City Colleges Union Chief Slaps Administration Over BGA Probe
A top teacher union official at the City Colleges of Chicago chastised Chancellor Juan Salgado for his “dismissive” response to a Better Government Association investigation that found lowered standards and manipulated data created a misleading record of success.
In an open letter to Salgado sent Nov. 13, union President Tony Johnston (pictured above) demanded sweeping changes in the administration of the seven-campus college system and raised serious questions about City College’s response to the BGA story.
Original Investigation: How City Colleges Creates An Illusion Of Success At The Expense Of Education
“We do not want you to simply defend the mayor’s policies or the policies of the previous administration,” the letter states, referring to Mayor Rahm Emanuel and Salgado’s predecessor as chancellor, Cheryl Hyman. “We want to see real, systemic change on behalf of City College students and communities our colleges serve.”
Emanuel frequently boasts of dramatic success under his watch in doubling the number of degrees awarded and graduates at city colleges under a program he has terms as a “Reinvention.” The architect of that program, Hyman, resigned last year following a faculty vote of no confidence.
A copy of Johnston’s letter to Salgado was emailed to the 5,000 members of the Cook County College Teachers Union Local 1600, which represents faculty and staff at city colleges and other community colleges in Cook County. The letter was also forwarded to reporters at media outlets across Chicago.
Johnston’s critique was sparked in part by Salgado’s public responses to the BGA investigation, which demonstrated how the college’s Reinvention has made it easier to get a degree but in many cases harder to get an education.
The BGA investigation, which was also published by Crain’s Chicago Business, found that since 2010 City Colleges has watered down its curriculum, violated its own rules on what constitutes a degree, changed the way it counts statistics and bestowed thousands of degrees — sometimes in multiples to the same person — to current and former students who in many cases neither requested nor wanted them.
Johnston’s letter asked pointed questions that were raised in the BGA story and also questioned why the BGA has had to file a lawsuit against City Colleges in order to gain access to public records and documents that would shed more light on those issues.
“More information could help answer questions we all have,” the letter stated.
Salgado for months refused BGA requests to answer questions raised by its investigation. After the story was published on November 1, however, he embarked on a media blitz to criticize the findings, though he never cited any inaccuracies.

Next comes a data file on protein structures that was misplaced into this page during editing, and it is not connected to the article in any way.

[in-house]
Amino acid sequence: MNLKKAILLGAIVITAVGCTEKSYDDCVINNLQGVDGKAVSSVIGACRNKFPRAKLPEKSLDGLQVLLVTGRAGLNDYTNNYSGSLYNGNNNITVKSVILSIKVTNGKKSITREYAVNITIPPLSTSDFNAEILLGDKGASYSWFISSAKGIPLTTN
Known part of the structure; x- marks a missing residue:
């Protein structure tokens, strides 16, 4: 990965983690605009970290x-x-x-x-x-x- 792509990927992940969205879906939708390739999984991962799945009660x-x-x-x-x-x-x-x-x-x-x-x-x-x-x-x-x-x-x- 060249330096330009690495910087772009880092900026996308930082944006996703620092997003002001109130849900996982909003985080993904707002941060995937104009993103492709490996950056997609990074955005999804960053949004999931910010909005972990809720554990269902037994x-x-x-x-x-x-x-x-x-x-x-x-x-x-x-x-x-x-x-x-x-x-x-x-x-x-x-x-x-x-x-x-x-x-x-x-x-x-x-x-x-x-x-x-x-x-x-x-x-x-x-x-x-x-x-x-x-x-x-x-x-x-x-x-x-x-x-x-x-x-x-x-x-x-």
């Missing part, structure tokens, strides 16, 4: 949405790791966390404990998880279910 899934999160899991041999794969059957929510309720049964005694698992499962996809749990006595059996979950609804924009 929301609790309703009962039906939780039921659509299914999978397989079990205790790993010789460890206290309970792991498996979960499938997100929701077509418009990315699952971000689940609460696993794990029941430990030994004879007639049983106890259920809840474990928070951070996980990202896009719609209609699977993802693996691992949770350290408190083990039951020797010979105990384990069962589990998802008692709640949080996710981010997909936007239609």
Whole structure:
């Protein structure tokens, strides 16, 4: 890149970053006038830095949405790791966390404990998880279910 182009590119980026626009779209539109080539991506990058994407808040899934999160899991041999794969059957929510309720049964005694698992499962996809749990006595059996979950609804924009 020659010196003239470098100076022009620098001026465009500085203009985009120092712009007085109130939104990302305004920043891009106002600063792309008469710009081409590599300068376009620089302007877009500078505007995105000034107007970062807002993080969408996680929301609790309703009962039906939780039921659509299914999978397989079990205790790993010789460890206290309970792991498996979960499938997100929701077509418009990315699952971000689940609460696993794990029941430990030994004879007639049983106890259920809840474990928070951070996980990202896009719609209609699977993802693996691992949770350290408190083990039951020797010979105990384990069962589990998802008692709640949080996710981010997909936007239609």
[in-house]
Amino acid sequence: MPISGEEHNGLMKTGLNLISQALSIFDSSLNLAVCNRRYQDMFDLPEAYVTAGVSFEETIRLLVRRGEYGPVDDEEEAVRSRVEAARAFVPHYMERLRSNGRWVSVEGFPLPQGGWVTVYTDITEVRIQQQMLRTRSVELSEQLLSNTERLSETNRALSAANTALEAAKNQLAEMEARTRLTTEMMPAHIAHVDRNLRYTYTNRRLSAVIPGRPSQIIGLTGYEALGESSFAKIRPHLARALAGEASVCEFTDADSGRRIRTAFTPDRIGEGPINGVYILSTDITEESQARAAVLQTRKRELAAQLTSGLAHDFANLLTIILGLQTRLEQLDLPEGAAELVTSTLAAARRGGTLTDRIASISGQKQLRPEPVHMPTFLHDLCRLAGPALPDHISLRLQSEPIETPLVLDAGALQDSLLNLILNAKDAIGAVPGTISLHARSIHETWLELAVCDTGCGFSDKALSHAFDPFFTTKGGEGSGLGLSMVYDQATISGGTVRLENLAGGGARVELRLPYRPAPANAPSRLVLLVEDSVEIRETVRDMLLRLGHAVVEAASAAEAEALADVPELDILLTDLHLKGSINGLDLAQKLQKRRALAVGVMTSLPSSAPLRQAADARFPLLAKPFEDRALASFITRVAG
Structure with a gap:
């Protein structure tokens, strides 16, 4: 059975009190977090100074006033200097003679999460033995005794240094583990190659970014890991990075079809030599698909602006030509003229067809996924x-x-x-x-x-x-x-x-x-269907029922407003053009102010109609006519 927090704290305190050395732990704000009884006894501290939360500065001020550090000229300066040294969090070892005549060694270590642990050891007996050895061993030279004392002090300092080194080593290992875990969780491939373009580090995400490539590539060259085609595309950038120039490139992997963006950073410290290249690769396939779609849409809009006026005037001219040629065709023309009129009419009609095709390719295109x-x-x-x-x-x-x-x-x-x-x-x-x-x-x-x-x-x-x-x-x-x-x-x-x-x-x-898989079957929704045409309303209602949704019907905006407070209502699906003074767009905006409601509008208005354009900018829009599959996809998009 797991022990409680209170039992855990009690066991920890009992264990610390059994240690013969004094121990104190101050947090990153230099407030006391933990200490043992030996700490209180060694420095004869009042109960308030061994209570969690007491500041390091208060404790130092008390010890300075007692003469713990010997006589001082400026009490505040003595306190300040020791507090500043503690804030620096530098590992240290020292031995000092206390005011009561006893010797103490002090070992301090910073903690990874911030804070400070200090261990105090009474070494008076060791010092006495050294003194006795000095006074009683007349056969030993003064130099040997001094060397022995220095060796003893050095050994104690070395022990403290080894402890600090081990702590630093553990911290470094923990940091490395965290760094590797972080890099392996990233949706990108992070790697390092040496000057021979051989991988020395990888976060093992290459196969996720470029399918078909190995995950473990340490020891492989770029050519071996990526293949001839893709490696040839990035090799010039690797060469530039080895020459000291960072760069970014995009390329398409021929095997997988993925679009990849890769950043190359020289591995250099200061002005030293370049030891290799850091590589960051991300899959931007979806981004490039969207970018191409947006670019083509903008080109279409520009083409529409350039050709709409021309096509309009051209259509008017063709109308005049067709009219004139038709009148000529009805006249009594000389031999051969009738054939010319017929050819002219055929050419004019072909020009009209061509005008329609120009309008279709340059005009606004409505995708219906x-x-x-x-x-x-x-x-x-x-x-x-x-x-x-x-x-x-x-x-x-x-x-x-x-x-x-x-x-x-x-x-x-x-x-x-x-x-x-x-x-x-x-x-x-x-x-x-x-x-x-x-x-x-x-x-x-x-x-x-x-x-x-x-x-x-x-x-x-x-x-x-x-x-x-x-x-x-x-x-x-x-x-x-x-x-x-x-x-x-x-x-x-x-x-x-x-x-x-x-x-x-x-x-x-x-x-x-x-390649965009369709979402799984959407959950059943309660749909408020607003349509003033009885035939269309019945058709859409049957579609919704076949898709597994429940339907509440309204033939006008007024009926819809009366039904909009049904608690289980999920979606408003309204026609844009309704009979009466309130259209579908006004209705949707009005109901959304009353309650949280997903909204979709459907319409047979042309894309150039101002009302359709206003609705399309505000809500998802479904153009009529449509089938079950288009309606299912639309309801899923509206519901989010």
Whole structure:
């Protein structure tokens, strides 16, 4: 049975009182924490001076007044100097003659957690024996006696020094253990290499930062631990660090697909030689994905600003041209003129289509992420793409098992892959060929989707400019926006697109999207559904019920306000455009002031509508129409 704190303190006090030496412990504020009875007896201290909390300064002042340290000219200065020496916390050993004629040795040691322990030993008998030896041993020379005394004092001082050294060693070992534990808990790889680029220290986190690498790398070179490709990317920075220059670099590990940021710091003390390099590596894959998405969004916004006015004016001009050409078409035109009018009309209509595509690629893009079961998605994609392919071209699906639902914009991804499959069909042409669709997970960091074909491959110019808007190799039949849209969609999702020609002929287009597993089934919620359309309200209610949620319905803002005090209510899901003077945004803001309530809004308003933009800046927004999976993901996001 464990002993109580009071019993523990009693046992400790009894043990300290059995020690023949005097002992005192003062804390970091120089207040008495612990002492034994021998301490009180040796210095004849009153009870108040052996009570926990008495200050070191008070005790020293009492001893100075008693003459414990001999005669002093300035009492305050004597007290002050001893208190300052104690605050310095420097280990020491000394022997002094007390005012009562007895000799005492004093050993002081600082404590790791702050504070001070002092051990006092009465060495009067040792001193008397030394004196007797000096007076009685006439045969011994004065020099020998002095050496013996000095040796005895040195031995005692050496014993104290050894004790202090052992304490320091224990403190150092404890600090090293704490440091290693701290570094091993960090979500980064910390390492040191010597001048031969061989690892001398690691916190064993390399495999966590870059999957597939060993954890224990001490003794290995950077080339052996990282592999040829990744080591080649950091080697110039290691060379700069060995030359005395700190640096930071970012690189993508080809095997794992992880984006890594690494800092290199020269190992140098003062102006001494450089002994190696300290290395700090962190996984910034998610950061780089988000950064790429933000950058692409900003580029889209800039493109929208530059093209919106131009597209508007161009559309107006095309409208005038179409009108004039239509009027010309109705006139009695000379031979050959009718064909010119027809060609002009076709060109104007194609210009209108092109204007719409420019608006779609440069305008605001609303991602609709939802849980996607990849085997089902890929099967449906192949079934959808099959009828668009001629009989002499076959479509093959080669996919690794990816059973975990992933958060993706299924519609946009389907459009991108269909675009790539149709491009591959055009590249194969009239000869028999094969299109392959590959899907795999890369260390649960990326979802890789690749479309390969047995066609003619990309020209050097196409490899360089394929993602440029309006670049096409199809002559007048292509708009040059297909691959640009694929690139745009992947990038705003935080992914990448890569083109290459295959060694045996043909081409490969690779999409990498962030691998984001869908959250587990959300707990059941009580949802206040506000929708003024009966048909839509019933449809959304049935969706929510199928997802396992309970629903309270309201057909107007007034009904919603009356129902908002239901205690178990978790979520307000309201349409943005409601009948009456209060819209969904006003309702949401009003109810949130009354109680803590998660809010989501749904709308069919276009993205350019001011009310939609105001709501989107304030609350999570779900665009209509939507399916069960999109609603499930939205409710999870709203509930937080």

City Colleges of Chicago Chancellor Juan Salgado. (City Colleges of Chicago)
Just hours after the story first was posted online, Salgado sent an email blast to students and faculty at the college system that termed the report “unfortunate,” complained it created a “completely false” impression of “undeniable” progress at city colleges and that the story was an effort to “tarnish that record of student success.”
In his open letter to Salgado, Johnston wrote faculty and staff also believe in the students at City Colleges but to help students succeed “we must know how our colleges are truly doing, how many students are earning degrees, how well our students transfer or enter the workforce.”
“This is not possible if we are working for an institution that is using dishonest measures to gain political points,” Johnston wrote. “Our students are not numbers and they are not talking points.”
Johnston also condemned the chancellor for appearing to sidestep significant issues raised by the BGA.
“As faculty and staff members at CCC, we are looking for serious leadership that understands the scope of the problems created by the negligent behavior or our previous administration,’’ Johnston wrote. “The concerns raised in the article are serious and do not deserve to be brushed aside as ‘unfortunate’ or as an attempt to ‘tarnish’ our students. That is not a serious response.”
Johnston’s letter also requested Salgado meet with faculty to address the issues raised by the BGA’s investigation.
“You have a responsibility to our students, to the public, and to the CCC faculty and staff to explain the report’s detailed allegations, to acknowledge mistakes, and to move forward together in good faith,’’ the letter stated. “This can only begin, however, with serious consideration, in an open meeting, of the charges and claims made by the BGA.”
A similar letter was sent privately last week to Salgado and City Colleges Provost Mark Potter from Jennifer Alexander, president of the faculty council at city colleges. She asked that both sides begin discussing issues the BGA raised at a previously scheduled meeting on Nov. 29.
Johnston, Alexander and faculty organizations have long criticized the sweeping changes instituted at City Colleges under Reinvention.
The seven campuses have been transformed into quasi-magnet schools, each specializing in its own vocation. In 2015, the administration moved to discourage part-time enrollment by dramatically increasing part-time tuition. Enrollment has plummeted, reaching a 25-year low in 2017.